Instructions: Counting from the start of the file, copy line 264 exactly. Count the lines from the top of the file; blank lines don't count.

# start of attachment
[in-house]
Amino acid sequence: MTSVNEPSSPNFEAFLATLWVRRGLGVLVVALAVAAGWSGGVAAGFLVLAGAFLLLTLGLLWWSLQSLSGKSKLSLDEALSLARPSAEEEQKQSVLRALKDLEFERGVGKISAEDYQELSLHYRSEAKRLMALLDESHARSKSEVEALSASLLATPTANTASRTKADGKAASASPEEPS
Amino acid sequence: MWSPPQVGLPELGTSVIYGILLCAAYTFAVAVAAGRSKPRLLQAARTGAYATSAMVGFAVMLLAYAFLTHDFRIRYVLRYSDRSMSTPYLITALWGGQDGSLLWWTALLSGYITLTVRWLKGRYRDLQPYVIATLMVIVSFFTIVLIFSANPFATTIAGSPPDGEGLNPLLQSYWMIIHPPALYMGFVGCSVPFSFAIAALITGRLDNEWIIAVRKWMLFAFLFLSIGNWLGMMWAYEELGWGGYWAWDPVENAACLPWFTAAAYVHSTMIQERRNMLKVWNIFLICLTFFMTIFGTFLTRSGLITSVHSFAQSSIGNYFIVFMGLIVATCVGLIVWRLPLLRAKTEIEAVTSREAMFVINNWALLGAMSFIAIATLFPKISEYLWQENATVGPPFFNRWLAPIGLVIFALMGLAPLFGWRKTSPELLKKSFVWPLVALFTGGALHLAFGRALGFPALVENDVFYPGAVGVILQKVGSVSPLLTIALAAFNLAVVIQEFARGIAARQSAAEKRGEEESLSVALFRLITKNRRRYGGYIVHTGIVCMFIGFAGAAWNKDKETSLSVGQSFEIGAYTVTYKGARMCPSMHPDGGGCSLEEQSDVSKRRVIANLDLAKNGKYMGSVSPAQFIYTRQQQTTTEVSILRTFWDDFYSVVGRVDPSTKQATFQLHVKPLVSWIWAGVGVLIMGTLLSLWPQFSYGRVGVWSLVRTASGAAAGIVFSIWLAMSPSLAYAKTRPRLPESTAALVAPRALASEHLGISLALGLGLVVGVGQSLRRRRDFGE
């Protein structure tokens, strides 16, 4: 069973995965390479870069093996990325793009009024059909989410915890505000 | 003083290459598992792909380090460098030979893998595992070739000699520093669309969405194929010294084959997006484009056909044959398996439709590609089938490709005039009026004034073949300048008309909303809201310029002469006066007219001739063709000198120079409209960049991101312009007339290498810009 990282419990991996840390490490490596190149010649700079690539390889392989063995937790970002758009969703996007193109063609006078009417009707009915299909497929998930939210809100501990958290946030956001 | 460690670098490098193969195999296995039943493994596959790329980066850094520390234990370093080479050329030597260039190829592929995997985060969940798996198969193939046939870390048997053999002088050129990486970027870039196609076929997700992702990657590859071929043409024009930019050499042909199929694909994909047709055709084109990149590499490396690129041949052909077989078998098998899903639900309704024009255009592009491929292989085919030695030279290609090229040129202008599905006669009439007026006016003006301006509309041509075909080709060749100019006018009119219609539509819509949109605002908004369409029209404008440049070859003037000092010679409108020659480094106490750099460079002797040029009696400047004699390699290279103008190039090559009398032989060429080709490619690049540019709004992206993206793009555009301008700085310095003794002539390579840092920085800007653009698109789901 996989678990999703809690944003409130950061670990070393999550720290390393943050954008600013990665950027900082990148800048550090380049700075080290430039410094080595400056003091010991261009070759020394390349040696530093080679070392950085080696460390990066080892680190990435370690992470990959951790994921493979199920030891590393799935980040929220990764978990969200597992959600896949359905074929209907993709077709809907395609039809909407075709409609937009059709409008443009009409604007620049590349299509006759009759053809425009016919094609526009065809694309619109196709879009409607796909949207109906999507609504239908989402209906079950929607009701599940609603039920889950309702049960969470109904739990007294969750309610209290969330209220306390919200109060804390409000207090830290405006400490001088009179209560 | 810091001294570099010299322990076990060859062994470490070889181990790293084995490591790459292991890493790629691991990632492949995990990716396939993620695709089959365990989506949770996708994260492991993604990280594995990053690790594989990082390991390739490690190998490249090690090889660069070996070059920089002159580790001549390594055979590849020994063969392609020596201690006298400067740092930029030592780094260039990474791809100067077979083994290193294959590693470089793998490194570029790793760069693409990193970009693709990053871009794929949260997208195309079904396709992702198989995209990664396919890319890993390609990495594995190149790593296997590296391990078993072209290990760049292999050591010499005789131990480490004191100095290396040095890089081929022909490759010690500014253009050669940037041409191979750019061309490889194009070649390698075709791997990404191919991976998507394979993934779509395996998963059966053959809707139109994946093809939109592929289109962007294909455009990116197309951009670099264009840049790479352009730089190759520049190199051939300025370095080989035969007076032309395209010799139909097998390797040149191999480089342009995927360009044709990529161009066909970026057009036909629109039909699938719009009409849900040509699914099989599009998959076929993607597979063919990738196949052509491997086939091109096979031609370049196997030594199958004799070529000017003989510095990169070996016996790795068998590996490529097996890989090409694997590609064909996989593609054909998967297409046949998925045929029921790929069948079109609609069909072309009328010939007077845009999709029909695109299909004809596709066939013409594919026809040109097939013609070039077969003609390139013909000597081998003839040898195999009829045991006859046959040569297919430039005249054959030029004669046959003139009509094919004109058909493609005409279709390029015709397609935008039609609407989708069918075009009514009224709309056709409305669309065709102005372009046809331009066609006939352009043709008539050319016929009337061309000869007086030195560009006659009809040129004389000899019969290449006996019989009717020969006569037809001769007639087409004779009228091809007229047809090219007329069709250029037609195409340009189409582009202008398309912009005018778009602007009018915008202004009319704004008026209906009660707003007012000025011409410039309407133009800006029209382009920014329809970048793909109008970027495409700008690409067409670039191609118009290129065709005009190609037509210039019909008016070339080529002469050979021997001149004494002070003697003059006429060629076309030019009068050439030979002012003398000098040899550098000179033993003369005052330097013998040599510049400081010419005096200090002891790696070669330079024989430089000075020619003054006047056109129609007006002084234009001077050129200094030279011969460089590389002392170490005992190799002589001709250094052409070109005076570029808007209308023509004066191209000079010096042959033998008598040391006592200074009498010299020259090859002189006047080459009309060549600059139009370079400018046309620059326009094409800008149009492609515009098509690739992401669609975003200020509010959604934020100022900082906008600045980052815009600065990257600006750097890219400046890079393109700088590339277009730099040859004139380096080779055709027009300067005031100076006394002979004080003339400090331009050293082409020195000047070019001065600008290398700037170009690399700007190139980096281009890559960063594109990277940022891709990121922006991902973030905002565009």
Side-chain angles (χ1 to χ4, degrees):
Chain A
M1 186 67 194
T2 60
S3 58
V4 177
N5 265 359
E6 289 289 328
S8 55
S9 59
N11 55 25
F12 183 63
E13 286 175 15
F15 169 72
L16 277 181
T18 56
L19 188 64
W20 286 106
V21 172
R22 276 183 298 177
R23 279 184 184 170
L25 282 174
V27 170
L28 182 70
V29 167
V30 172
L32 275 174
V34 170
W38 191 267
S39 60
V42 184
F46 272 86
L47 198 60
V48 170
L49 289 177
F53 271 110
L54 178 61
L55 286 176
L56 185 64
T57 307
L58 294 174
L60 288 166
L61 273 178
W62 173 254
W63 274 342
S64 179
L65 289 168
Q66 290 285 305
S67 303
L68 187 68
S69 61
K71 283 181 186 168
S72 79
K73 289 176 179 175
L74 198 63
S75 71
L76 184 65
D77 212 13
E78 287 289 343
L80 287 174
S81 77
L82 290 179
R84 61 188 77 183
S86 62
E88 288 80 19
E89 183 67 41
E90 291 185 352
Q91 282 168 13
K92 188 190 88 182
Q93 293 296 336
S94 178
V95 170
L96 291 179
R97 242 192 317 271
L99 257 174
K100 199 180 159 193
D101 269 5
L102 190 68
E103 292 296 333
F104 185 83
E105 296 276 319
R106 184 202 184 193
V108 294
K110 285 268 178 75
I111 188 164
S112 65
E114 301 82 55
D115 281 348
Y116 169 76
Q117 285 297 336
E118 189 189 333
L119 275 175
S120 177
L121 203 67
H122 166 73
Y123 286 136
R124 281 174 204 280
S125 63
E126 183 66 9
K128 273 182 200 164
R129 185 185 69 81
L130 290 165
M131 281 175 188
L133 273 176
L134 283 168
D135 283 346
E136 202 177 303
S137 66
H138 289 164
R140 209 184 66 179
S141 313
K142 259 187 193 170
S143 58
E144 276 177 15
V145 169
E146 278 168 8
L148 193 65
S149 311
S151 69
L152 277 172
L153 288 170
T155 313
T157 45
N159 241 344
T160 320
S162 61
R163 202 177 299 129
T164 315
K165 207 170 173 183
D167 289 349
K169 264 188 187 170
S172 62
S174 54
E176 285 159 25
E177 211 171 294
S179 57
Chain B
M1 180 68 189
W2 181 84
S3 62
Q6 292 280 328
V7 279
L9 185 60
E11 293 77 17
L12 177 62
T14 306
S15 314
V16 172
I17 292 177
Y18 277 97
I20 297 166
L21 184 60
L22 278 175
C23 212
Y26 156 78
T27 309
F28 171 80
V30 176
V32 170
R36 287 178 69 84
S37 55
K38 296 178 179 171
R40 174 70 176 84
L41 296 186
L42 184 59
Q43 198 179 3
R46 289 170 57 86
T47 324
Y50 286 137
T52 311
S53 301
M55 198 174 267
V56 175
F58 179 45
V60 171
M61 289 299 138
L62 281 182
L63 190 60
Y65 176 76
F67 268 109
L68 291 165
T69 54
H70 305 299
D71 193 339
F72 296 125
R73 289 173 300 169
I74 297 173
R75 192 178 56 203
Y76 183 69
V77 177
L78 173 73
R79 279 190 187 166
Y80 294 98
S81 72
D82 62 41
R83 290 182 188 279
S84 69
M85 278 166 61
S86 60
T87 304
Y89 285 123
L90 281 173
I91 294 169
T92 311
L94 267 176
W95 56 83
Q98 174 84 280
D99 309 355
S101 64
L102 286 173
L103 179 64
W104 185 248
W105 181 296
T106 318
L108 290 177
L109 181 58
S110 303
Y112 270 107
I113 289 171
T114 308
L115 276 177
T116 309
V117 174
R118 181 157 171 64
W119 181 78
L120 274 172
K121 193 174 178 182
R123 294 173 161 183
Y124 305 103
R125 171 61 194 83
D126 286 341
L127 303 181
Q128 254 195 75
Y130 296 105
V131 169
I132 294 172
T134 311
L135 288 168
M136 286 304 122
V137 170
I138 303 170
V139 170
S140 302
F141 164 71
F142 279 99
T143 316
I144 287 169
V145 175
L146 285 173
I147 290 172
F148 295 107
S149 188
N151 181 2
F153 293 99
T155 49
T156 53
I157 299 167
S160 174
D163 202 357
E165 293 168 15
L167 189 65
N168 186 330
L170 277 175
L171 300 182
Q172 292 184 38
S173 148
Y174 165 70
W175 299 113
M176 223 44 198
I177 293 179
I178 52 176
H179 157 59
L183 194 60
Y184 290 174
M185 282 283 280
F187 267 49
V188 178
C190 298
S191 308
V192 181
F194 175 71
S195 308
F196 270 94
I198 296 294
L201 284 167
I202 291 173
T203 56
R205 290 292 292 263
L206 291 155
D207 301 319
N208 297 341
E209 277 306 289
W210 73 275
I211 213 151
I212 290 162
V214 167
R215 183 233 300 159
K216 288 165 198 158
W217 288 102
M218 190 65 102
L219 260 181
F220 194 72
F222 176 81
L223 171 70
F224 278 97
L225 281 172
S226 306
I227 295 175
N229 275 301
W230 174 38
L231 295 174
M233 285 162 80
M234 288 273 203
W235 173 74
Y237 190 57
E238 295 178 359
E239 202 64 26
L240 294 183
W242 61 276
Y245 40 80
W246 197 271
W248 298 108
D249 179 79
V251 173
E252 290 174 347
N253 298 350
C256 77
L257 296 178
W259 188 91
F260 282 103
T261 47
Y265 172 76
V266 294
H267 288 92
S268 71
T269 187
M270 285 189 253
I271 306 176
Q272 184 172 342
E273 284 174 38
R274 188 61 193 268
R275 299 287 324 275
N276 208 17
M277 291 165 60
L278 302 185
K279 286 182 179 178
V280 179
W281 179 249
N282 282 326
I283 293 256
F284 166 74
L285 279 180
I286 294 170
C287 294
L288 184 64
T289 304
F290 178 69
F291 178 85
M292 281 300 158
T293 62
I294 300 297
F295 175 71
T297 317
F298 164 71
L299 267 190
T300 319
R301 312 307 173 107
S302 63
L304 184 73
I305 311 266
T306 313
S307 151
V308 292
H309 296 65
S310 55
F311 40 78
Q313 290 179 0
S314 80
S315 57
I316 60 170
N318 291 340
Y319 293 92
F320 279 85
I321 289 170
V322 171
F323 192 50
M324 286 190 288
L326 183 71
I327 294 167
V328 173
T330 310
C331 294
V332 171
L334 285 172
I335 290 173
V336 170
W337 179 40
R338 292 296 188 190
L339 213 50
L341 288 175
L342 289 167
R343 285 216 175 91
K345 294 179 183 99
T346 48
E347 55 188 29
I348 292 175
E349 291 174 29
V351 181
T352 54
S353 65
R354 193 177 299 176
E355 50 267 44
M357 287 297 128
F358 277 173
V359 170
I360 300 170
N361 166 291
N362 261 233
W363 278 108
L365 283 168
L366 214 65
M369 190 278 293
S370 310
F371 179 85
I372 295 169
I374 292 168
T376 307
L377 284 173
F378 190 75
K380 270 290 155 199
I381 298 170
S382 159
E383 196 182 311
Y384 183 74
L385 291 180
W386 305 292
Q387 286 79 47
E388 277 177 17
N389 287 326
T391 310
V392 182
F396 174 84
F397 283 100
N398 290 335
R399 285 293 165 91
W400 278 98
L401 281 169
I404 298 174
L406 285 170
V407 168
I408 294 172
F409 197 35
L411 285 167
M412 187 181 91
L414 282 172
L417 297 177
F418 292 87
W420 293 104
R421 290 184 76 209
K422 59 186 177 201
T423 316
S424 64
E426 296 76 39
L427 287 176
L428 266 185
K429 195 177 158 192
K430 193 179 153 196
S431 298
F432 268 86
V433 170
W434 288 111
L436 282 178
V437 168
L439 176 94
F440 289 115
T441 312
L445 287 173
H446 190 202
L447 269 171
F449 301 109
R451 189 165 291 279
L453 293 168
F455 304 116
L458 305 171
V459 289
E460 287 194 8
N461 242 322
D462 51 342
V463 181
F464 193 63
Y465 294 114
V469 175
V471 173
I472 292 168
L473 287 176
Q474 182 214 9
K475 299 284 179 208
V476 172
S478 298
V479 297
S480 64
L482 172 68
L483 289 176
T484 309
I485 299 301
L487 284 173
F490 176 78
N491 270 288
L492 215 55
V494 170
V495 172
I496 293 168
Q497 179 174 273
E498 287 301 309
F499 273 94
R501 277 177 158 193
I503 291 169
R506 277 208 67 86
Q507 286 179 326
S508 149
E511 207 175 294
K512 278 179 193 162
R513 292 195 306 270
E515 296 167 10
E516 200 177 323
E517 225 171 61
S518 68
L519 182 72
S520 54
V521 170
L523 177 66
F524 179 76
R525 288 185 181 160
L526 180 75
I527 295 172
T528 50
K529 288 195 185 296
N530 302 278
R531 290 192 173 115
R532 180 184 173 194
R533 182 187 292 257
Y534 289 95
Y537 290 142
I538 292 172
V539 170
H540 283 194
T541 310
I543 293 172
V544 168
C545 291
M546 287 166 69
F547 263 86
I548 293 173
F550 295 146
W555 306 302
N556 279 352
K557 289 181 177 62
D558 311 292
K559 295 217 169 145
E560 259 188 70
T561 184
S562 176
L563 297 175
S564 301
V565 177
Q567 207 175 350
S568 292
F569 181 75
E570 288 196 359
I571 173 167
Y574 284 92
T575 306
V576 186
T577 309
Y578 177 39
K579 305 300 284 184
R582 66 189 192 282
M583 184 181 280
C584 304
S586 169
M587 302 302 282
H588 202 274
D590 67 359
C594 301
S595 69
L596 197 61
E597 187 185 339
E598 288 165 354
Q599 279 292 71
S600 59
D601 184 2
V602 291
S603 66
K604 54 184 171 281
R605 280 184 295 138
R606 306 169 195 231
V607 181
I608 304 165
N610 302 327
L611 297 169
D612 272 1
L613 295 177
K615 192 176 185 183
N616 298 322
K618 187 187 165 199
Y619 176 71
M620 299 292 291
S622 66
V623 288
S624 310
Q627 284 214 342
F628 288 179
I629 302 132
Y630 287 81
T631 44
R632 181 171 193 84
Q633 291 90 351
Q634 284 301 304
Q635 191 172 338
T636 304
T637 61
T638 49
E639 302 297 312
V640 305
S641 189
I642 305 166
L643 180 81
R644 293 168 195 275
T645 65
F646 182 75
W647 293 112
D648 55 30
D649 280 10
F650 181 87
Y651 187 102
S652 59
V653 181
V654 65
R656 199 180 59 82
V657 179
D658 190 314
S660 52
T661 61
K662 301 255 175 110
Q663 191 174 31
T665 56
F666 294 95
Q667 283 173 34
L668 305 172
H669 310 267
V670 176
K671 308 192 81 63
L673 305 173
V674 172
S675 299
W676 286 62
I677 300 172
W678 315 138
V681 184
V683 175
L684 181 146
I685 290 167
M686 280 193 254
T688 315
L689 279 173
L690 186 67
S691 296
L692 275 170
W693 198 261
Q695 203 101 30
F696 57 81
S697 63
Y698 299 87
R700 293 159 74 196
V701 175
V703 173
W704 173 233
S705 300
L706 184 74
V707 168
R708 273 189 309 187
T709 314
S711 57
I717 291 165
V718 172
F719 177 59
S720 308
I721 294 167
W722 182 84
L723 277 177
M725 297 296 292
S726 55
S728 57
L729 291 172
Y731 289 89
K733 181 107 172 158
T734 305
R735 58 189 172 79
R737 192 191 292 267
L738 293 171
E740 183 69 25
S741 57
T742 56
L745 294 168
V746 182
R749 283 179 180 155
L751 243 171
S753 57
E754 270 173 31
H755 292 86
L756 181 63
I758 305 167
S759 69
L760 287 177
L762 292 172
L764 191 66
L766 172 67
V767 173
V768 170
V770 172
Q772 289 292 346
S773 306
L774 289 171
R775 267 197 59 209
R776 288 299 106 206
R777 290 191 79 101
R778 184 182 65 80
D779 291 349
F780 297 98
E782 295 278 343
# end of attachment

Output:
E165 293 168 15